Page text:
Health educators in physician offices implementing a physical activity and diet program seems to be linked to modest reductions in waist circumference with obese patients, states report published Online First by Archives of Internal Medicine, one of the JAMA/Archives journals.
Despite awareness about the importance of reducing obesity and promoting healthy lifestyles, most primary care physicians do not adequately counsel obese patients, researchers write in their study background. And, the time and expense to provide high-intensity behavioral counseling is unlikely because of the absence of adequate reimbursement and the routine demands of office practice, they note.
AdvertisementRobert Ross, Ph.D., of Queen's University, Kingston, Ontario, Canada, and colleagues assessed the effectiveness of a two-year behaviorally based physical activity and diet program that relied on health educators to counsel patients.
A total of 490 sedentary, obese adults were divided into two groups: 241 received usual care, which included advice from their physician about losing weight, and 249 were part of the behavior intervention, which included individually tailored counseling delivered by health educators at family medicine clinics. The mean (average) age of the patients was 52.4 in the usual care group and 51.3 in the intervention. A total of 396 patients (80.8 percent) returned for follow-up testing at 24 months.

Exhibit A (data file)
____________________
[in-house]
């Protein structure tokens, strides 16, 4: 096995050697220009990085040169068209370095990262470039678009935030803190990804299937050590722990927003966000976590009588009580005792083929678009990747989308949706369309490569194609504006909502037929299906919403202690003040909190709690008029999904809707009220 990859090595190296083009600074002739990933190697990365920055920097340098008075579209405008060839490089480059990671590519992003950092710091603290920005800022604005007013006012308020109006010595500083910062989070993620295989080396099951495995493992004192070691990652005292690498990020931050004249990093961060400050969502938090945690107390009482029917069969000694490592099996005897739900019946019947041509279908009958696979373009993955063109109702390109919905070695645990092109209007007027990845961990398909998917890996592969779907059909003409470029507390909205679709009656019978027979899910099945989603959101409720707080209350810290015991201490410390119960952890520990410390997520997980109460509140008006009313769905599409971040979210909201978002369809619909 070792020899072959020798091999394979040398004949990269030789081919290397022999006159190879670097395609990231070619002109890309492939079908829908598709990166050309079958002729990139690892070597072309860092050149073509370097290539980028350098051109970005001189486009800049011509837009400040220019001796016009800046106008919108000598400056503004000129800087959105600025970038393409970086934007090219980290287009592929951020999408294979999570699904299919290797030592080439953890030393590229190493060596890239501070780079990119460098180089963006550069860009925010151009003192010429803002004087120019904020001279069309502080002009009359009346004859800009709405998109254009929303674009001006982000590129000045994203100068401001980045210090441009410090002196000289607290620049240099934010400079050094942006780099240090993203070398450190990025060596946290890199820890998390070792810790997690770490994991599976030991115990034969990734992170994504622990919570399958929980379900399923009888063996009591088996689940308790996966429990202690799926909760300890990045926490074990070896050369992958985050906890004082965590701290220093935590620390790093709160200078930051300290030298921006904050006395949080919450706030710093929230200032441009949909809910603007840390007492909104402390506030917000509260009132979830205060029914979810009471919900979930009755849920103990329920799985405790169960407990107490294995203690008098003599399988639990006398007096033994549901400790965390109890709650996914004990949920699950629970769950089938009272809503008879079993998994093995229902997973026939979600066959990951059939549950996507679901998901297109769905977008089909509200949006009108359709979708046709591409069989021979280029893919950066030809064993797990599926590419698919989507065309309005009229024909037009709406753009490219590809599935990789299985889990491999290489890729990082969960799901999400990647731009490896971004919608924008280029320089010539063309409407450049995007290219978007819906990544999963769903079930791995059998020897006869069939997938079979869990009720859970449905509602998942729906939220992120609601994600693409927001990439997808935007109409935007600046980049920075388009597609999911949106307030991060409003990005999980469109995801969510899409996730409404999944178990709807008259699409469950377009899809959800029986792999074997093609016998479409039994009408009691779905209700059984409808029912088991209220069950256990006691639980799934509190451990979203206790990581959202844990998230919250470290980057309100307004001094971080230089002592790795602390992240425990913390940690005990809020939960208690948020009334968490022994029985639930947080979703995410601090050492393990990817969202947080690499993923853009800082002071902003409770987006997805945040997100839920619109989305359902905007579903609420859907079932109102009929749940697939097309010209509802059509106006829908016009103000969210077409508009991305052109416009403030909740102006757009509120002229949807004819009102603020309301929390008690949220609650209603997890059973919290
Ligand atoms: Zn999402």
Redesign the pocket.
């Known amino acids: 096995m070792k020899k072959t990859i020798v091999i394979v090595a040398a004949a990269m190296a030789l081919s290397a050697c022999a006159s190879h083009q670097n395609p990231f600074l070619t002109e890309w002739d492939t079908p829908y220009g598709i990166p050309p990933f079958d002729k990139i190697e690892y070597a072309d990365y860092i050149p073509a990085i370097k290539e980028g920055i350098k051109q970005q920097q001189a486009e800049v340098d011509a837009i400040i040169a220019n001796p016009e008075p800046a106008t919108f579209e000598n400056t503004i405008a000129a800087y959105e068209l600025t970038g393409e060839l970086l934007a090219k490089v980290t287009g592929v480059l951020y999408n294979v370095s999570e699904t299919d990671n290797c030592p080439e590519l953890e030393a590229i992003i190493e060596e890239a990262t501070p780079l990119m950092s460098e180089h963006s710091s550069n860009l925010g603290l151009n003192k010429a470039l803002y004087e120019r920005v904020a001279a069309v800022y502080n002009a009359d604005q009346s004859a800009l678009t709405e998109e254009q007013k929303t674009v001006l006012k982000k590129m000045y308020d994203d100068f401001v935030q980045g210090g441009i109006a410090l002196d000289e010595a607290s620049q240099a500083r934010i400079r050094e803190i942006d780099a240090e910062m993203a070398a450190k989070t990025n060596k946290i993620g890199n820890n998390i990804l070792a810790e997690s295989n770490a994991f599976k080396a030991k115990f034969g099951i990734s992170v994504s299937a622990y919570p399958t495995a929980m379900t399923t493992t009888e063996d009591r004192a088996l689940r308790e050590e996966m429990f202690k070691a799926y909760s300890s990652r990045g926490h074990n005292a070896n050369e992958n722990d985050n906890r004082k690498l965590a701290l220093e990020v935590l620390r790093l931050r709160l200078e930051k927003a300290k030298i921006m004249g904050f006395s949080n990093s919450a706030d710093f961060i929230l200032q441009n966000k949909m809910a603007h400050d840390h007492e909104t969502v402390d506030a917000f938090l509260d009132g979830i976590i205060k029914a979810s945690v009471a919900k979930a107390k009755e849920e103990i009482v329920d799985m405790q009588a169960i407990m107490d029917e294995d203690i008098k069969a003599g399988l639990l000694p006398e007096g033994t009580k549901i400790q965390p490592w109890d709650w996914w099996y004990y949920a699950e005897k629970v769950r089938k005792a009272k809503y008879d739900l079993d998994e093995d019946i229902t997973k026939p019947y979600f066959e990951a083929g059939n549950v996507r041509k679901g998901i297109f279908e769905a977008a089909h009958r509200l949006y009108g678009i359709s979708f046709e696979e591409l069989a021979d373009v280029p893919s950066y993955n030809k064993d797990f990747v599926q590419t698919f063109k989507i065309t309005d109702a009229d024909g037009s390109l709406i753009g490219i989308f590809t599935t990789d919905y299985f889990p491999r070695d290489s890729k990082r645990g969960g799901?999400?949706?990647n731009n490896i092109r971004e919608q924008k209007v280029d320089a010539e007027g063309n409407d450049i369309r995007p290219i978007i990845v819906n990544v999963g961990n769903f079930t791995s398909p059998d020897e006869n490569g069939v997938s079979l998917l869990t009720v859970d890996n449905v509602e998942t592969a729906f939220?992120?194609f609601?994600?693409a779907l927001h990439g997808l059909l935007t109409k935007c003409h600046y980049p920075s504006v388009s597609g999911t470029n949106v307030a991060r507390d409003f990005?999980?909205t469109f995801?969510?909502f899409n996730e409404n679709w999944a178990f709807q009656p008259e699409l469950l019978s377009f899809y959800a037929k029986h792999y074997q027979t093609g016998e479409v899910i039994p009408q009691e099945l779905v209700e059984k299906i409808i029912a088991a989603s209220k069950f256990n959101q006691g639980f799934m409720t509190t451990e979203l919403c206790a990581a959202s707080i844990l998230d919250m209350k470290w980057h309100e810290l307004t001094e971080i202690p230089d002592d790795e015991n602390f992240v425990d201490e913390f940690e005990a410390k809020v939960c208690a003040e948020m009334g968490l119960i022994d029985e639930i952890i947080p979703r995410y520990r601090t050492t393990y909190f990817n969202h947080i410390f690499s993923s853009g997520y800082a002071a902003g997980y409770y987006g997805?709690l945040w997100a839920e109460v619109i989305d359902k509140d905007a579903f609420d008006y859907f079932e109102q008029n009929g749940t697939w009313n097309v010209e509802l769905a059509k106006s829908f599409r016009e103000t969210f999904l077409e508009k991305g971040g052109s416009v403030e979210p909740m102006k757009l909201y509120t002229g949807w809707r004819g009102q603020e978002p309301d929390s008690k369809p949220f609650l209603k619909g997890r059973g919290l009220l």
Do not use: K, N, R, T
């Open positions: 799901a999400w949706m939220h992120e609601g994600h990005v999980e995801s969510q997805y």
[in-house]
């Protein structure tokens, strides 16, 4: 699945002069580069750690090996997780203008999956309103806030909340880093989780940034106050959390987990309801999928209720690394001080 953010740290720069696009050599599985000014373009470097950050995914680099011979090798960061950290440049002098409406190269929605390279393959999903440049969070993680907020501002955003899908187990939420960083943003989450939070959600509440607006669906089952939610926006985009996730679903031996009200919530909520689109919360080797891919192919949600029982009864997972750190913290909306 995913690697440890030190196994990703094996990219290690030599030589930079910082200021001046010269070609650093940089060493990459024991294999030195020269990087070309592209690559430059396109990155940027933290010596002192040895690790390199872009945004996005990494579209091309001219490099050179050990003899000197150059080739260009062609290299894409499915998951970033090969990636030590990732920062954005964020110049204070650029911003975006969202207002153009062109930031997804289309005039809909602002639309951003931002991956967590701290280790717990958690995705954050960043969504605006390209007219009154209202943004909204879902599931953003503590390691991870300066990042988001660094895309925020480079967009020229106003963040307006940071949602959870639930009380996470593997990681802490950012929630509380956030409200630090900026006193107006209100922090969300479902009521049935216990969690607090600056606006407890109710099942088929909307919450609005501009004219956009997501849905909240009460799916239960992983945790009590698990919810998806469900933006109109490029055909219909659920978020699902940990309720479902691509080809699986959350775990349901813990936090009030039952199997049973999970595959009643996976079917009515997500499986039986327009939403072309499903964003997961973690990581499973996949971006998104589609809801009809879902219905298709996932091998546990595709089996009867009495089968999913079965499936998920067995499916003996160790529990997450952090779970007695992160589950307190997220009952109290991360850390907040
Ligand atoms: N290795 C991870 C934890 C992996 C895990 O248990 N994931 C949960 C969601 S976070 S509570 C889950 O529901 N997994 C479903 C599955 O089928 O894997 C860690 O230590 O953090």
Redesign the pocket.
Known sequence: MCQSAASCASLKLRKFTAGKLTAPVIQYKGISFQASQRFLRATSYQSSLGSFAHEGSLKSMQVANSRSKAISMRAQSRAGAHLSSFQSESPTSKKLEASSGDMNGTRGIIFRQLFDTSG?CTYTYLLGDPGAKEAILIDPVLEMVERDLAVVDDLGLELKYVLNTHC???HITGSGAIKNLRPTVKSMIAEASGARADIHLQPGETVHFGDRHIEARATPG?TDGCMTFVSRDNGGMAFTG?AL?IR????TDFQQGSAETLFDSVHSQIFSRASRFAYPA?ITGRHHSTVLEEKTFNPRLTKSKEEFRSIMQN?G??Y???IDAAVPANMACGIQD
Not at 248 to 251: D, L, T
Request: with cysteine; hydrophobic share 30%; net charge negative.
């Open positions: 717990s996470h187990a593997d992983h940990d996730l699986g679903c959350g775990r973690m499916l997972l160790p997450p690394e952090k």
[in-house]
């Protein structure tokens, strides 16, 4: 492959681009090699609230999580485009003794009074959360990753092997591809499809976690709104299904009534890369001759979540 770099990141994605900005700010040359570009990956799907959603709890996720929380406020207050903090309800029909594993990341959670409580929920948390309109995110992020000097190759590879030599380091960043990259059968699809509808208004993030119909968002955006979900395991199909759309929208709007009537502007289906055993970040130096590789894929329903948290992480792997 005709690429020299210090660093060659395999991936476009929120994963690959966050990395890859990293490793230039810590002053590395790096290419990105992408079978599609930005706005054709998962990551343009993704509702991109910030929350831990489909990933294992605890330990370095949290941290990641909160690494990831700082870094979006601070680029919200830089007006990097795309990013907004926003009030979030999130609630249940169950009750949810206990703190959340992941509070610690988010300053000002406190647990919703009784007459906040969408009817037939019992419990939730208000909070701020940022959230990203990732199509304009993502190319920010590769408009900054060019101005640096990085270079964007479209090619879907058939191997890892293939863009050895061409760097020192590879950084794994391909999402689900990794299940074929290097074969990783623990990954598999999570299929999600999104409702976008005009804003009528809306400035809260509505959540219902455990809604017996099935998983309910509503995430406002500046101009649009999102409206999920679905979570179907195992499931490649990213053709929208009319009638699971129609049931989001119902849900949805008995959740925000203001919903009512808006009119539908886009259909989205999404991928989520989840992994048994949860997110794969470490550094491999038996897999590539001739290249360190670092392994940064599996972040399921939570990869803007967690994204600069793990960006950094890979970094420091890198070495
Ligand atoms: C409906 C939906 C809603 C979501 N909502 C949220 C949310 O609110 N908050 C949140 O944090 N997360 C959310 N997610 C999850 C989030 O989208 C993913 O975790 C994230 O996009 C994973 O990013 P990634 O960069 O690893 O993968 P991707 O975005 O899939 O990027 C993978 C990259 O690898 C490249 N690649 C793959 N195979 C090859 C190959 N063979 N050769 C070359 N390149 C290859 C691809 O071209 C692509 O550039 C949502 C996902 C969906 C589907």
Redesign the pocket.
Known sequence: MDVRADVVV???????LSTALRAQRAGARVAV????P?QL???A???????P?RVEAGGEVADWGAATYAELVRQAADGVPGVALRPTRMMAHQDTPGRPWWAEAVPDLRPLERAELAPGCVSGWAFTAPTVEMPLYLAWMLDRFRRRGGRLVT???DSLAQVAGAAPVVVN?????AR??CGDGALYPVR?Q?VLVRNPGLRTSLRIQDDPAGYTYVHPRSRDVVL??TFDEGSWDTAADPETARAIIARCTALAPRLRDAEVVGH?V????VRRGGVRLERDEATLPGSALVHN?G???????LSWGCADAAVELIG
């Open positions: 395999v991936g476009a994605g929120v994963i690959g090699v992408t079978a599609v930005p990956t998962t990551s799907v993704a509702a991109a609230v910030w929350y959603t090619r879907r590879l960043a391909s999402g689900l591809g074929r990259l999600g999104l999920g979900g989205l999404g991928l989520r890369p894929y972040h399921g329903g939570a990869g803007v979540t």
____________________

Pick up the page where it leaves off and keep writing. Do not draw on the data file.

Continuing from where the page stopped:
"A significant main effect was observed for change in WC (waist circumference) in response to the intervention compared with usual care. The mean reduction in WC was greater in the intervention group than in the usual care group at each follow-up visit and remained statistically different at 24 months," (mean -0.9 cm vs 0.2 cm), the researchers note.
In men, the WC reduction was greater in the intervention group than usual care groups at each follow-up visit and remained statistically different at 24 months. In women, the WC reduction was greater in the intervention group compared with the usual care group at six and 12 months but was not sustained at 24 months.
"The primary finding of this trial is that a lifestyle-based intervention delivered by a trained health educator within the primary care setting was associated with significant reductions in abdominal obesity compared with usual care," the researchers conclude. "However, the magnitude of the reduction in WC was modest and the effectiveness of the intervention was restricted to men, suggesting that behavioral interventions designed to reduce obesity may be sex dependent."
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